Kerry Calloway

Location: Southwark Greater London
About me...

I have worked at the Natural History Museum in London for over ten years in a variety of roles; including running the live tropical butterfly house, as a behind the scenes tour guide, visitor assistant and in the entomology and earthworm research labs and collections. I am also a trustee and tutor for the Earthworm Society of Britain (yes, there is such a thing) and am very passionate about all aspects of natural history but particularly engaging people in the world of the humble but super important earthworm.

About my Talks...

My talks typically last for 40 – 50 minutes with extra time after for any questions but I am happy to tailor the timings and content of my talks to your group and needs.

My talks are typically delivered with a Powerpoint presentation, I have my own laptop  but would need the use of a  projector  OR I can do stand alone talks if you don’t have a projector available.

All of my talks are currently available virtually.


I charge £75 (excluding travel) for my talks, which are typically 40 – 50 minutes long plus time for questions. If you are looking for a longer or tailor-made talk for your group then the fee may vary depending on your requirements, but please contact me and we can discuss this.

Travel expenses claimed would be from public transport.

My Contact Details:


Learn to Love Earthworms

Learn to Love Earthworms – the humble earthworm is arguably one of the most important and influential organisms on Earth today. Most people know what an earthworm is and you probably played with them as a child, we know that they are important for our soils but beyond this most of us know very little about them. In this fun and engaging talk I hope to change that and will discuss the basics of earthworm diversity, biology and look at why they are so important. I will of course also let you know what happens if you chop one in half!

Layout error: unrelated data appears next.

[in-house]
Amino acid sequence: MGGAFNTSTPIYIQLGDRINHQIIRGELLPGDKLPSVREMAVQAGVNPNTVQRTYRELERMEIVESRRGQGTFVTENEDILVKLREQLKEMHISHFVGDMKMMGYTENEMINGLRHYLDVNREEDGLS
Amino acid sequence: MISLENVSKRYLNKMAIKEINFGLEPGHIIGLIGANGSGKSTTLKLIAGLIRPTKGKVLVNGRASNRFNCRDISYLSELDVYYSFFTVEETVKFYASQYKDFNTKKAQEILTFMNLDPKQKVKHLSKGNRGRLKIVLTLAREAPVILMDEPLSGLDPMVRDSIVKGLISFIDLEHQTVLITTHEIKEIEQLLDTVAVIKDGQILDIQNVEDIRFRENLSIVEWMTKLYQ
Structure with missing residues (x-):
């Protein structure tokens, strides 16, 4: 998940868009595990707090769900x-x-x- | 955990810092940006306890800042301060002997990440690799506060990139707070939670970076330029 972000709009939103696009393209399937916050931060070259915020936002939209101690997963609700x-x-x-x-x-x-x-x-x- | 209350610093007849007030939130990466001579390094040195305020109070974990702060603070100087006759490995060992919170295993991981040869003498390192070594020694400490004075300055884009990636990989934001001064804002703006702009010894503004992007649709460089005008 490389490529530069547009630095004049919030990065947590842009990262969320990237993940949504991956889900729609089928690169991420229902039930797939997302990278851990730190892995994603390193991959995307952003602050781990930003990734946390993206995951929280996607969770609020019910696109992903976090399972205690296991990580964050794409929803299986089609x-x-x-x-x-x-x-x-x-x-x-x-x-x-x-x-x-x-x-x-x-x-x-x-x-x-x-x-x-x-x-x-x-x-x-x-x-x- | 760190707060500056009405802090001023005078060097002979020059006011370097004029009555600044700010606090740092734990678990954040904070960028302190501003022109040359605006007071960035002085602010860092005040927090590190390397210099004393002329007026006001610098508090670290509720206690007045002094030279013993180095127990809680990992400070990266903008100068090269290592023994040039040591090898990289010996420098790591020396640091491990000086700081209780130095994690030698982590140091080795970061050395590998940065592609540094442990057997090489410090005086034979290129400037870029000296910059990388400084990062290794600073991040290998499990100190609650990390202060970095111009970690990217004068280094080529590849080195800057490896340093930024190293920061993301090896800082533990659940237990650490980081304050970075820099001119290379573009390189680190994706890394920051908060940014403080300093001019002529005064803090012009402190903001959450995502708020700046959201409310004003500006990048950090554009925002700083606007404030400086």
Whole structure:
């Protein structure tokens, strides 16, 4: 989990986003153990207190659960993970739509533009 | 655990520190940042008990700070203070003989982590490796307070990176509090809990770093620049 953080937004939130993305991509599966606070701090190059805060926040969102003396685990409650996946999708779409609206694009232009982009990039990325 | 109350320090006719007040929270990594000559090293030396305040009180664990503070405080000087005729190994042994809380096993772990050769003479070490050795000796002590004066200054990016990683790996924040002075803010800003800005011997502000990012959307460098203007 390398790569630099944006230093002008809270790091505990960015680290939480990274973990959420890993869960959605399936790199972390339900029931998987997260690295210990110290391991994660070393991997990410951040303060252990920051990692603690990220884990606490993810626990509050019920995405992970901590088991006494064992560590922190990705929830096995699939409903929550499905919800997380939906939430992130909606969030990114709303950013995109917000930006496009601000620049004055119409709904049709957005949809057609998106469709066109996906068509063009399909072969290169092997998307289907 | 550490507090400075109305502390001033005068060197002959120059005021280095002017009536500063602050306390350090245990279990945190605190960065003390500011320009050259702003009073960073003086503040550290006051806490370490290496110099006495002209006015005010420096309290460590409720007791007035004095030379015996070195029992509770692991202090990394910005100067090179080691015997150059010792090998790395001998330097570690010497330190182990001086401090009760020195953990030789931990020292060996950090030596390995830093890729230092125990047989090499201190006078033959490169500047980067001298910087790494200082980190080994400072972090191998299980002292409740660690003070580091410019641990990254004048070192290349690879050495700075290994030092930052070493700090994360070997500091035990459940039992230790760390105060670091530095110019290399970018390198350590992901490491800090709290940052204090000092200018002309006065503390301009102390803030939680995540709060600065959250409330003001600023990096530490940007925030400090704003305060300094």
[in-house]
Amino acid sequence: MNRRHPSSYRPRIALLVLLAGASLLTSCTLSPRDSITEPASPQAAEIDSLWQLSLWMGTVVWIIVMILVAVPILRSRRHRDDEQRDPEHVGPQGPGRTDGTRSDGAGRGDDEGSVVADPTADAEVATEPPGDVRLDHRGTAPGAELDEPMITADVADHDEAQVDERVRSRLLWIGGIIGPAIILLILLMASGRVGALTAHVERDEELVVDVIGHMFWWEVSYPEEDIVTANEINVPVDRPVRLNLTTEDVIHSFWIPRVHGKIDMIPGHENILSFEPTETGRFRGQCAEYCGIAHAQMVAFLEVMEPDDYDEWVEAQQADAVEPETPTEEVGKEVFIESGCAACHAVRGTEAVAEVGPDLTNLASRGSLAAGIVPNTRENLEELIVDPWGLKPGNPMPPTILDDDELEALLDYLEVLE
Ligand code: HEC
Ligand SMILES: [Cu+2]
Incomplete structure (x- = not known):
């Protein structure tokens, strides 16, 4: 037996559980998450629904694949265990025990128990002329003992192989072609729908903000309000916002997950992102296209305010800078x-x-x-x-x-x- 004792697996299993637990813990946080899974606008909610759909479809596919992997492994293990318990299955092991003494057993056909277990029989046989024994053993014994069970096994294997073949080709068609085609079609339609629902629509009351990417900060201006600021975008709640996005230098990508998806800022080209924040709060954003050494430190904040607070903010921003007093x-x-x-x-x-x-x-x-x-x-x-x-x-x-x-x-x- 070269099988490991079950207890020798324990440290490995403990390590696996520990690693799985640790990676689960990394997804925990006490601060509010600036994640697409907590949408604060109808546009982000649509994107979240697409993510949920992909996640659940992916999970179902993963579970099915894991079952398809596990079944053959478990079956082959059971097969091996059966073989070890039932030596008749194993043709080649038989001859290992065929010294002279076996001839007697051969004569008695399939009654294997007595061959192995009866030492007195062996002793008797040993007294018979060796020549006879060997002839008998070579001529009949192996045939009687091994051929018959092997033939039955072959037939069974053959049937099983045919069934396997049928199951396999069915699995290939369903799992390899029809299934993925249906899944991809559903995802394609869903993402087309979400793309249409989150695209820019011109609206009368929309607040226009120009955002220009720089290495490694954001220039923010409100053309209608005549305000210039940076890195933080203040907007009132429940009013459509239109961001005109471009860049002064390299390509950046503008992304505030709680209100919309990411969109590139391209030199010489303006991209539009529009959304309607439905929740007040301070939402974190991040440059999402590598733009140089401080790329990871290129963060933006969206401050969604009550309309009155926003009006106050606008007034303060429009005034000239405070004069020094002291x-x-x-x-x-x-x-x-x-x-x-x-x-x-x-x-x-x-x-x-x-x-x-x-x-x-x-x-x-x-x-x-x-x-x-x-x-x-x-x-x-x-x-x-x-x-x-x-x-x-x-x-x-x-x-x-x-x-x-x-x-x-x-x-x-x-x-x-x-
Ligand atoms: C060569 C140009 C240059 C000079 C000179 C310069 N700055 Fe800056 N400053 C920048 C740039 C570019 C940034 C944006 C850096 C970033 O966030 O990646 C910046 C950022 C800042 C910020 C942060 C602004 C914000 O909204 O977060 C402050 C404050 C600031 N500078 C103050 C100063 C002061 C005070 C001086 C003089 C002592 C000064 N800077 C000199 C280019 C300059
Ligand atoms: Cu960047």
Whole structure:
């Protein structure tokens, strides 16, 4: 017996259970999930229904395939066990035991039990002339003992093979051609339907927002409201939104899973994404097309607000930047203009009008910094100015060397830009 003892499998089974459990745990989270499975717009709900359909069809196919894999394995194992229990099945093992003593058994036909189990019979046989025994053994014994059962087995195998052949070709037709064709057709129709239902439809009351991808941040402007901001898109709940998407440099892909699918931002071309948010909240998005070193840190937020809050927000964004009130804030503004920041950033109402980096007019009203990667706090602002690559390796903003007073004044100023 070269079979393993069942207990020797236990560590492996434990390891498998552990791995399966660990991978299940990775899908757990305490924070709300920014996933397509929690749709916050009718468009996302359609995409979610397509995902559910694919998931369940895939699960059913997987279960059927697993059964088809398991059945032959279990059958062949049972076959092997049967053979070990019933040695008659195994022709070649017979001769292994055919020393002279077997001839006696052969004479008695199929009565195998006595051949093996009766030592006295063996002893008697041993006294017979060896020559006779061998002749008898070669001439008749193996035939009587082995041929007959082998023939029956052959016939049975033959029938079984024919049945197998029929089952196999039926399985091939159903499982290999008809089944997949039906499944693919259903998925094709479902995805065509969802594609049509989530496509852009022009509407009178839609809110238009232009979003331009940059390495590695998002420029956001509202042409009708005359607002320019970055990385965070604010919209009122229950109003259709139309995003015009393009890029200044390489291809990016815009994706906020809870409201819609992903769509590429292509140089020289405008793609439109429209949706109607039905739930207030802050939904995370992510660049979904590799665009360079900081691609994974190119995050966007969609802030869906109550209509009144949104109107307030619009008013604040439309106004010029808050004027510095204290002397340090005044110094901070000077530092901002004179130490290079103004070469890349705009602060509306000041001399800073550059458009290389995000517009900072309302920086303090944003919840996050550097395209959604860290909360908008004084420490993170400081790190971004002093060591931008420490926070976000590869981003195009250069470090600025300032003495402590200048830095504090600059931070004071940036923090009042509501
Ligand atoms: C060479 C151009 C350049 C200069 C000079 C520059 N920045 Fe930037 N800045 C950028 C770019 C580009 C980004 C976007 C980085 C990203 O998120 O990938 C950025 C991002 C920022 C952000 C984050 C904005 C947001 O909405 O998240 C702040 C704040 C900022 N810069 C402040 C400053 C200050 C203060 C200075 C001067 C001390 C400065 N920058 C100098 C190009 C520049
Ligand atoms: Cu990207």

Darwin’s Earthworms

Darwin’s Earthworms – Charles Darwin might be best known for his work on evolution and his time on the Voyage of the Beagle but to me he is the father of earthworm science. After 44 years of studying earthworms, he published a best-selling book dedicated to the group, which is still one of the go to resources for researchers today. In this talk I look back at the history of earthworm science and research and describe some of the experiments Darwin did with earthworms.

Gardening for Earthworms

Gardening for Earthworms – earthworms are extremely important for our gardens and do lots of hard work for us. From composting our kitchen waste to ploughing our flower beds, decompacting our lawns to feeding the birds, I will discuss the jobs in the garden that worms do for us and look at some of the ways that we can help and encourage them.

Beautiful Butterflies

Beautiful Butterflies – over the last 30 or so years many tropical butterfly houses have opened up around the country and they are very popular with visitors of all ages. I have worked on many of these projects most notably the summer exhibitions that were held on the front lawn of the Natural History Museum in London. In this talk I will introduce you to some of the most charismatic and popular species seen in these exhibitions and share some of the behind-the-scenes secrets and “I can’t believe that just happened moments” from the butterfly house world.

Specimens of the Natural History Museum

Specimens of the Natural History Museum – the Natural History Museum in London is home to one of the most important natural history collections in the world. With more than 83 million specimens, the collections are extremely diverse and invaluable to science. In this talk I will look at the stories behind some of the best-known specimens; from Archie the Giant Squid to Sophie the Stegosaurs, and the slice of Giant Sequoia tree to Hope the Blue Whale. I will discuss how these specimens came to be in the museum, what they were like in life and what scientists have learnt from them. (If your group has an interest in a particular specimen or group of animals, I am very happy to include the relevant specimens in this talk where appropriate).

Kerry Calloway Contact Details:


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